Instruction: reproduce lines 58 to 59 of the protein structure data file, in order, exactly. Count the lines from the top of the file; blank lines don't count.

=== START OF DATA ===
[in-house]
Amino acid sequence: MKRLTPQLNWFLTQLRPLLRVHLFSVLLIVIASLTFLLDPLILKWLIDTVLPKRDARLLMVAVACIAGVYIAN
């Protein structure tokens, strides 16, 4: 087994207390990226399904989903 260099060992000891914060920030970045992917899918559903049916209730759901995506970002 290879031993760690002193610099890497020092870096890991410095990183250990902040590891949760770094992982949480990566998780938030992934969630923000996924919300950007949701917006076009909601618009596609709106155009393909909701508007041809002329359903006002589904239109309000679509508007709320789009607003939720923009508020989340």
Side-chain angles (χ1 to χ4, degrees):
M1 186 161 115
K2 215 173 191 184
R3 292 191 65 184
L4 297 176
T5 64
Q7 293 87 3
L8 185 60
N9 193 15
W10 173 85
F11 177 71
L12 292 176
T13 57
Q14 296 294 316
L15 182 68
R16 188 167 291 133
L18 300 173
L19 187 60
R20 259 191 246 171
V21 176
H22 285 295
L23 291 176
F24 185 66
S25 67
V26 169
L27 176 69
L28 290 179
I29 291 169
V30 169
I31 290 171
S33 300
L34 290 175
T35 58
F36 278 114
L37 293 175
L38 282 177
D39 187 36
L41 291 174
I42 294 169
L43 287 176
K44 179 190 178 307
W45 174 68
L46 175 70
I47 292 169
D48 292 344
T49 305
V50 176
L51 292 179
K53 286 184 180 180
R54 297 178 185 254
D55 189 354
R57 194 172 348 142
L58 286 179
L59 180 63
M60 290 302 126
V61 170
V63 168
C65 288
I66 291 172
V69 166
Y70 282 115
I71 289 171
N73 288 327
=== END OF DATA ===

M60 290 302 126
V61 170